Gig Seeker Pro


Cleveland, Ohio, United States | INDIE

Cleveland, Ohio, United States | INDIE
Band Blues Rock


This band has not uploaded any videos
This band has not uploaded any videos



"John Benson"

John Benson of the Cleveland Plain Dealer reviewing the DEAD GUY BLUES debute CD writes, “There’s no denying the fiery passion found on the self-titled debut album from Cleveland trio DEAD GUY BLUES. The threesome’s 13 track disc reveals the outfit as modern-day disciples of Freddie King and Stevie Ray Vaughan. Guitarist Jeff Powers’ talented chops are obvious in the blistering solos and catchy lead work.”
- Cleveland Plain Dealer

"Cowdog Kelley"

"I only play the best "hand picked" indie bands to play on my gig. DEAD GUY BLUES without a doubt, has the right stuff" Cowdog Kelley - Texas Blues Cafe Radio

"Cold Wind in Cleveland"

From the blues-swing shuffle of "Pocket Full of Money" to the Latino instrumental "Aztec Trot (Jose's Boogie)" — something you might encounter after drinking Mexican water — Cold Wind in Cleveland is a spicy blend of blues stew, spiked with Powers' edgy guitar style.

- The Scene (Cleveland)

"Keith Gribbins"

Cold Wind Coming
Dead Guy Blues returns with another album
by Keith Gribbins

Jeff Powers needs only his six-string to tell you stories. "Every guitar has a couple of songs in it," he says, sipping a Stella at Tremont's Prosperity Social Club. "Pick up even a crappy guitar, and it'll still have a couple of stories to tell. All of a sudden, a chord you play all the time will sound awesome, and that one chord — it can spawn something."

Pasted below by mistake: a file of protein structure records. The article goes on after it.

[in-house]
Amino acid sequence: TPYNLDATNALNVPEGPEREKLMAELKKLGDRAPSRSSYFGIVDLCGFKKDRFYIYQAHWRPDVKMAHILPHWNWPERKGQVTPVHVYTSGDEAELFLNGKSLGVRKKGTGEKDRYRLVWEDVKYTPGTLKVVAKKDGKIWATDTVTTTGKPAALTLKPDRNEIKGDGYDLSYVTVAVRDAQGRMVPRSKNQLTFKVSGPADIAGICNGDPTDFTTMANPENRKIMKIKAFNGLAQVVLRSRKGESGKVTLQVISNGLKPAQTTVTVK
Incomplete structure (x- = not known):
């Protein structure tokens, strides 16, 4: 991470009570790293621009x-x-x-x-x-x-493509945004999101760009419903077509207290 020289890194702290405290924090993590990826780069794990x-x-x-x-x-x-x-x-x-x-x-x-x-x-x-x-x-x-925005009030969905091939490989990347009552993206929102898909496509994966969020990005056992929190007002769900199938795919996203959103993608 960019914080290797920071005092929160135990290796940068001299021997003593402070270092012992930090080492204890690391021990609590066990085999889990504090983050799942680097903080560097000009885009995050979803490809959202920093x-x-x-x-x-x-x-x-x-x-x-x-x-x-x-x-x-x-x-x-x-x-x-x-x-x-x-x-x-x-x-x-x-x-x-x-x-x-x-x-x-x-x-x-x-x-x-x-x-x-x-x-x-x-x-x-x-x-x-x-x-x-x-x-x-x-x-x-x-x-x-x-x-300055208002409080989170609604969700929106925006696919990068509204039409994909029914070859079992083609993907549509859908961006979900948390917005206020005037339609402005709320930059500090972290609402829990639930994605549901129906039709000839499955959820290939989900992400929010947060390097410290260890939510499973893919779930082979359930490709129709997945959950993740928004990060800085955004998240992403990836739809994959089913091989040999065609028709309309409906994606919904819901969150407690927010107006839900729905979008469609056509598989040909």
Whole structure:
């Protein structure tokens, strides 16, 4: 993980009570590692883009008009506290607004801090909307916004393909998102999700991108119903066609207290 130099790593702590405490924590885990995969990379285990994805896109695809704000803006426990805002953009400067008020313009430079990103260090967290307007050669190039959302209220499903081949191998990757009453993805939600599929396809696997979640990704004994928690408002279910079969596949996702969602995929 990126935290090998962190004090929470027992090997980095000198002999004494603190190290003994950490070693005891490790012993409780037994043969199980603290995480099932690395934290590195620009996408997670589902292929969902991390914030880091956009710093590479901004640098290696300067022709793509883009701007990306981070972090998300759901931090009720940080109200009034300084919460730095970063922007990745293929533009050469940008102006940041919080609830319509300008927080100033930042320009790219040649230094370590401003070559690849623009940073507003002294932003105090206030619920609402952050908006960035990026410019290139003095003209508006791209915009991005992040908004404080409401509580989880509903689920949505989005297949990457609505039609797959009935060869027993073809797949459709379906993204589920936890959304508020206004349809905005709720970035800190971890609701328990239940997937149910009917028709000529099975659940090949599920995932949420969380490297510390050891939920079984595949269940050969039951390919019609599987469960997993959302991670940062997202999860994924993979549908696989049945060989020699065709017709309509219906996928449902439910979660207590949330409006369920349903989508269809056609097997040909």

Powers' journey is full of crossroads and chord progressions. Today, he's the singer-songwriter for Cleveland trio Dead Guy Blues, which is set to release its second album, Cold Wind in Cleveland. Powers notes that for the 10-song record, he picked up only one guitar — his red Fender Stratocaster — and the strings told the story of a Cleveland-kid-turned-classical-guitarist-turned-Mexican-bandito-turned-Cuyahoga-Delta-bluesman.

He explains the CD's blistering basement-blues sound, proud of its gritty electric guitar, heavy-handed lyrics and raw production:

"I really dialed in my distortion, and when [engineer and local guitarist] JBlues mastered it, he put it at the hottest level with as much compression as you can put for blues, which makes it sound in-your-face," he says.

The sound recalls Stevie Ray Vaughan's Tex-Mex style, hell-fire blues drunk on mescal, loud enough to raise Johnny Winter from the grave (if he were actually dead). Cold Wind in Cleveland chronicles Powers' travels as a virtuoso guitarist from the Cleveland Institute of Music to Mexico City. Since he was nine, Powers has been sharpening the edge of his axe. But he didn't take it too seriously until he heard Jimi Hendrix and found a teacher who could give him basic blues lessons. Eventually, he was accepted at C.I.M. and earned his bachelors and masters in classical guitar.